The bride belonged to Theseus. The hero of Athens had abandoned (or was forced to leave – the sources are not clear, and the debate is still on) Ariadne after using her, and her glowing crown, to leave the Labyrinth of Crete and the city who housed it. He had stolen the princess away, and abandoned her on the next stop, so it seems preposterous that the storytellers claim that the crown was then placed into the heavens to commemorate the love of Theseus and Ariadne – talk about a rushed ending to a bad romance novel!

Ariadne, by John William Waterhouse (1849-1917)

An alternative version sees Ariadne seduced by Dionysus after he finds her abandoned on the sands of Naxos (or Dia). She then bore the wine-god several sons: Oenopion, Thoas, Staphylus, Latromis, Euanthes, and Tauropolus.

It has been suggested that this divine marriage is due to the vine-cult reaching mainland Greece through Crete, where Ariadne was understood to be a moon-goddess and their children ancestors of several island tribes. Dionysus grieved greatly when she passed to the Underworld and placed her wedding wreath in the sky as an eternal memorial.

But Maybe It Isn’t a Bridal Crown?

Another variant sees the crown as Theseus’, hence its placement beside him in the sky (the Kneeler). Dolphins guided Theseus when the hero dived into the Cretan harbor to retrieve the ring of Minos during an informal, yet no less important, trial to prove his divine parentage.

Theseus crowned with a laurel wreath after slaying the Centaur Bianor, by Joseph Werner

The jury’s still out as to whether Theseus was gifted the crown by Thetis, famed mother of Achilles, or Amphitrite, the little-known wife of Poseidon. Either way, the sea presented Theseus, a descendant of Poseidon, with the crown. It was an early wedding gift, so when Theseus wed Ariadne, he gifted it to her.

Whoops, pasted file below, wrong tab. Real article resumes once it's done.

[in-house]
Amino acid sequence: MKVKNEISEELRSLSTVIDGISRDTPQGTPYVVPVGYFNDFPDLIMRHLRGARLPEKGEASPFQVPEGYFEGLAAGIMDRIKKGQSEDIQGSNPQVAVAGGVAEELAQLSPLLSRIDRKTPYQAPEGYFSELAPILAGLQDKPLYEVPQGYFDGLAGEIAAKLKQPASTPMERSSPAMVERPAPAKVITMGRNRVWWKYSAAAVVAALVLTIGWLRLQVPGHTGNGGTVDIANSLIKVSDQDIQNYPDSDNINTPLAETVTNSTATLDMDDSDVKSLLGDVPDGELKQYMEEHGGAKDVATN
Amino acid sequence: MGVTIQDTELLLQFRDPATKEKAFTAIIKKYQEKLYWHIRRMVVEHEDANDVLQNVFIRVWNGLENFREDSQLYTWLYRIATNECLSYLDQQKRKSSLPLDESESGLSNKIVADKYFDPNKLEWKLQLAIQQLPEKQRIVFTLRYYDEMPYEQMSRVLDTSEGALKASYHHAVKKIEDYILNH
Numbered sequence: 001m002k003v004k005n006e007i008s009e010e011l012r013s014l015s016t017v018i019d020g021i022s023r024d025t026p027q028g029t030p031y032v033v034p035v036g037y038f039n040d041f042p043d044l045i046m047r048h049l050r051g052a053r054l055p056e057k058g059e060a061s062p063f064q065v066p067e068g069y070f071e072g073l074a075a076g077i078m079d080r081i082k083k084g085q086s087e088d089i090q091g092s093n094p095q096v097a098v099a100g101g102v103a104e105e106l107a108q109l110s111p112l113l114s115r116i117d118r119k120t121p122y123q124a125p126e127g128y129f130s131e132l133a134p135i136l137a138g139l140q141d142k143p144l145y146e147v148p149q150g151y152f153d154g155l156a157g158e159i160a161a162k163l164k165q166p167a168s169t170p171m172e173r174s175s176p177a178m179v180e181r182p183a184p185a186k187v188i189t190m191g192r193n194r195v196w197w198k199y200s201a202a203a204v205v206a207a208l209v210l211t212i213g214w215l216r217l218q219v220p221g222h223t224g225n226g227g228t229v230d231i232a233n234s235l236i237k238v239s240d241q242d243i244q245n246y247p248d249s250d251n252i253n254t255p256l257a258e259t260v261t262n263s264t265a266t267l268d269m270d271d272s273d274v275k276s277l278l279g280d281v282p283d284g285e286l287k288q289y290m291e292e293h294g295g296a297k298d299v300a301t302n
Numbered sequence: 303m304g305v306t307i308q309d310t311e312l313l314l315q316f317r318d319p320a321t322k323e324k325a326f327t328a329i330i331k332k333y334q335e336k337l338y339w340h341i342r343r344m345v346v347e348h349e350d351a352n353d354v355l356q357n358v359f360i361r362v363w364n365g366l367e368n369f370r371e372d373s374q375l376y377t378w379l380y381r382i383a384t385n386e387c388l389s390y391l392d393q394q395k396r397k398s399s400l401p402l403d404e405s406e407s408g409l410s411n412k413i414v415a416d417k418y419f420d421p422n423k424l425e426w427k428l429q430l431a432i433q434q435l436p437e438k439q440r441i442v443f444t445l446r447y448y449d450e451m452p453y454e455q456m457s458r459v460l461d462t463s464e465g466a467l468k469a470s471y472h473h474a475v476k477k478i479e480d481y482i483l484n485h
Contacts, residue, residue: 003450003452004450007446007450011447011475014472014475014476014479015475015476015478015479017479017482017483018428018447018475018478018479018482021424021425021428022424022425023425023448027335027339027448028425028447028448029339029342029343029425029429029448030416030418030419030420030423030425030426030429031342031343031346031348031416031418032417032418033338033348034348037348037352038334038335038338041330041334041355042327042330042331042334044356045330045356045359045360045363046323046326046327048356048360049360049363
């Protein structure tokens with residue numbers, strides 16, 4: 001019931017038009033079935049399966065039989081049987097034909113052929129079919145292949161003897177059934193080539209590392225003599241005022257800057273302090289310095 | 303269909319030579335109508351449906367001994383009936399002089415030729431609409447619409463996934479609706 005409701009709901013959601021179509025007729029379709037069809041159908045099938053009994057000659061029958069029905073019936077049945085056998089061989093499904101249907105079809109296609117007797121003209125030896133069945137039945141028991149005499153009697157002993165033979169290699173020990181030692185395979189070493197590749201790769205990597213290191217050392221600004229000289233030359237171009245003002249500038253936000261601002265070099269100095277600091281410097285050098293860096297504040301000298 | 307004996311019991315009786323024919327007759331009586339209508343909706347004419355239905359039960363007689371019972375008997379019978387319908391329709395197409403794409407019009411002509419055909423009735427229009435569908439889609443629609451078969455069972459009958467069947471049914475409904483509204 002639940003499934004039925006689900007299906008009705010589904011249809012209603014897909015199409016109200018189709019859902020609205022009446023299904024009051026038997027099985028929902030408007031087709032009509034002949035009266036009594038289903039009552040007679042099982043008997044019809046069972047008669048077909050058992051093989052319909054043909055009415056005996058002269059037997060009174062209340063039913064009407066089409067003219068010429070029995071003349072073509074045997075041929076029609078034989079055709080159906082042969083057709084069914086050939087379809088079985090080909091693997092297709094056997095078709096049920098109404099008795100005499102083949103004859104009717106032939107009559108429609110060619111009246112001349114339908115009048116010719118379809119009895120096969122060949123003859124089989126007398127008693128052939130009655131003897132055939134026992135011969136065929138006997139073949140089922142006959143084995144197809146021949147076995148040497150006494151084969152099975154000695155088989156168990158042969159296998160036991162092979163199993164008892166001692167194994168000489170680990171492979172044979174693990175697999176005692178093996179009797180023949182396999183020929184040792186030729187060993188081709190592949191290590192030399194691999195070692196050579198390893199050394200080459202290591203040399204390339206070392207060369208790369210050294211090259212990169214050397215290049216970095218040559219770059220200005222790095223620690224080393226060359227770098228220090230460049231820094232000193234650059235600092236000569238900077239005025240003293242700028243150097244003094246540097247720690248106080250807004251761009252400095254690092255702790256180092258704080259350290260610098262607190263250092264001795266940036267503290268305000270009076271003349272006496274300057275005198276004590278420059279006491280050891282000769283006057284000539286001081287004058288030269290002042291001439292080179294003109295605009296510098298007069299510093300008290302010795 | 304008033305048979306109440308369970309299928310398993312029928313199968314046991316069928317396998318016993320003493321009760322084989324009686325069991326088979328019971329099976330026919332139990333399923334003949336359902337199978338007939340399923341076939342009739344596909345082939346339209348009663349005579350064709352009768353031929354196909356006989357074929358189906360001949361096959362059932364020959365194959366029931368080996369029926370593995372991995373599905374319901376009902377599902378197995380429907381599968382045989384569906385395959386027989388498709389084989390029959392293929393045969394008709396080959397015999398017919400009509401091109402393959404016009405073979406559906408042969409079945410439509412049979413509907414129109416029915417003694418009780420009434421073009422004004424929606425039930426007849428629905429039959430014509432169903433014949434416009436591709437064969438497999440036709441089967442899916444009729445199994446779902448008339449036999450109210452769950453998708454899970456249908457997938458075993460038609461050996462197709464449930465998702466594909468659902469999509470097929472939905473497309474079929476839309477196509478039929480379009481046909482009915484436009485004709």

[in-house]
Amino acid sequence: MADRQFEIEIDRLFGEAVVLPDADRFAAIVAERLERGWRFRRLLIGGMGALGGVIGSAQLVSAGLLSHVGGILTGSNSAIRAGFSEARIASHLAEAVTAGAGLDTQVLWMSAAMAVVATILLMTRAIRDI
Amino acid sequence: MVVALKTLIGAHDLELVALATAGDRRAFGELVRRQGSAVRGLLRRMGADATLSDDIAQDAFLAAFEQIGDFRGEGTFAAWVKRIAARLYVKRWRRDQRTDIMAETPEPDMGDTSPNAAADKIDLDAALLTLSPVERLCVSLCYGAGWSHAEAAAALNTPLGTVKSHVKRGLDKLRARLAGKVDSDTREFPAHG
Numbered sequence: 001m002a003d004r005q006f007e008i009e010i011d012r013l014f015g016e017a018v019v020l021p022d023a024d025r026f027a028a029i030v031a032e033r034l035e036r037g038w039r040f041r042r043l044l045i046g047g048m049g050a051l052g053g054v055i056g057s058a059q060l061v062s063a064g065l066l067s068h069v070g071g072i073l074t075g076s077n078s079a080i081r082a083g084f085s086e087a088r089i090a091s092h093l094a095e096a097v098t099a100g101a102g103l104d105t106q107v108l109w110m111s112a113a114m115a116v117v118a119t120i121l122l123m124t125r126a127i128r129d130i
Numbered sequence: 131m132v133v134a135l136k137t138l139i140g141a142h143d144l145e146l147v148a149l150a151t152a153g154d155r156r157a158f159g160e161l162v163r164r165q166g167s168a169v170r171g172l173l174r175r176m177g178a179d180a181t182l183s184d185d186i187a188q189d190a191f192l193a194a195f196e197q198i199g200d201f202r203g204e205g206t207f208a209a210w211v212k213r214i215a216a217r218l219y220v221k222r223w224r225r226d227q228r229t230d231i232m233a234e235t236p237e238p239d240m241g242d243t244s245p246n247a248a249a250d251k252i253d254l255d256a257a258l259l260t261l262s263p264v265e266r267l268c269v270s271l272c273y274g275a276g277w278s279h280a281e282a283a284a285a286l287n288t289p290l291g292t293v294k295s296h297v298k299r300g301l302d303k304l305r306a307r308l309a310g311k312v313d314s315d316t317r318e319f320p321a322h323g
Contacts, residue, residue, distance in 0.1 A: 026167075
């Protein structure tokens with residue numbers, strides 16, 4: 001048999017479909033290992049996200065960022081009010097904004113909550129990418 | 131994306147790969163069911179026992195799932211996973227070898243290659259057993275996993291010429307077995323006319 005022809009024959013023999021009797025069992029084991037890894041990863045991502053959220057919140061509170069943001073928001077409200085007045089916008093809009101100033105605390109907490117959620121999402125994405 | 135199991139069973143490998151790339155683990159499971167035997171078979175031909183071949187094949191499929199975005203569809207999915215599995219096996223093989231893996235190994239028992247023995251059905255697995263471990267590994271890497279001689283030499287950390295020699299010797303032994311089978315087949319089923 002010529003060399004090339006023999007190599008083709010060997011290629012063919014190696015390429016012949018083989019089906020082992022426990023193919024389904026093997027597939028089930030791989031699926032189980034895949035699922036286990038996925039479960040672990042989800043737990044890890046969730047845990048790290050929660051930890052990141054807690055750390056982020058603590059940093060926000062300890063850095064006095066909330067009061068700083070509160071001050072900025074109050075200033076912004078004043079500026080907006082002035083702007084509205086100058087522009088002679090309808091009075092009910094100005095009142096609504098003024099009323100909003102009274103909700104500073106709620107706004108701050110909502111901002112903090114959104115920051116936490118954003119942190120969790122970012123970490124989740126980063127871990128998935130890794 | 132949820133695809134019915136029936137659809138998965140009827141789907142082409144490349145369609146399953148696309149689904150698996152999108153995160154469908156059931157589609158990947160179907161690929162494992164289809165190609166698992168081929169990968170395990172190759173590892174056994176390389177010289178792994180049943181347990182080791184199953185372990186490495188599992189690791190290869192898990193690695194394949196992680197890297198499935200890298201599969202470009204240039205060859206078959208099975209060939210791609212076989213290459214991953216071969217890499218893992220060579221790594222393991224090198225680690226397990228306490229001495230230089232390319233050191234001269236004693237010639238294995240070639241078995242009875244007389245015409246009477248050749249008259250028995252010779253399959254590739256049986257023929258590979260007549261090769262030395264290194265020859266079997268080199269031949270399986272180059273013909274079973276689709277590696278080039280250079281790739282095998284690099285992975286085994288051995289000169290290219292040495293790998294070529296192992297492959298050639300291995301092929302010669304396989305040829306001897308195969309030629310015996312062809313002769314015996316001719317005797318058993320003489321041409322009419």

Alternatively, Dionysus sought to return his mother, Semele, to the world of the living. On his quest, he met Polymnos in Argos who claimed to know the route to the Underworld and soon led the way. However, Dionysus feared that the Underworld would taint the gorgeous golden crown he carried, so he deposited it for safe-keeping at a site henceforth known as Stephanos. After he retrieved Semele, he cast the crown to the sky. This tale feels incomplete and there is very little to confirm it.

Mythic Wordplay

The etymology of Naxos involves several theories; Homer’s usage of dia could indicate that Naxos was the ‘isle of the Goddess’ as Dia was known to be its’ capital town, however, the name could also derive from naxai (sacrifices), strongly connected to the thysai (rites) of the island as there were many pious sacrifices made to honour the gods.

The connection between ‘crown’ and ‘dia’ sparked further etymological curiosity within me – was there an etymological route for the word ‘diadem’?

Interestingly, the root of the word is connected with the Greek diadema (the headband worn by Persian kings, adopted by Alexander the Great and his successors, enforcing the regal attachment to the band) but also has links to ‘bind across’/’throughout’/’twice’. Ariadne was indeed bound throughout, either by fate or marriage vows (of which she has two).

Thesmophoria, by Francis Davis Millet (1894-1897)

Wedding Rites

Weddings in the ancient world were infused with religio-cultic elements that were believed to enhance fertility, provide protection and purification to the couple as well as strengthen their bond. The wedding procession began at the bride’s house and ended at the groom’s, literally following the passage from one home to another.

These rites could last several days and usually took place just before the new moon. Specifically, the moon of the month Gamelion (January/February), which was named after deities presiding over marriage protection; Zeus, Hera, Aphrodite, Peitho and Artemis (according to Plutarch). A festival occurred in this month, of the same name, and was celebrated around the same time as modern Valentine’s Day to symbolize the sacred marriage of Zeus and Hera (despite its countless flaws).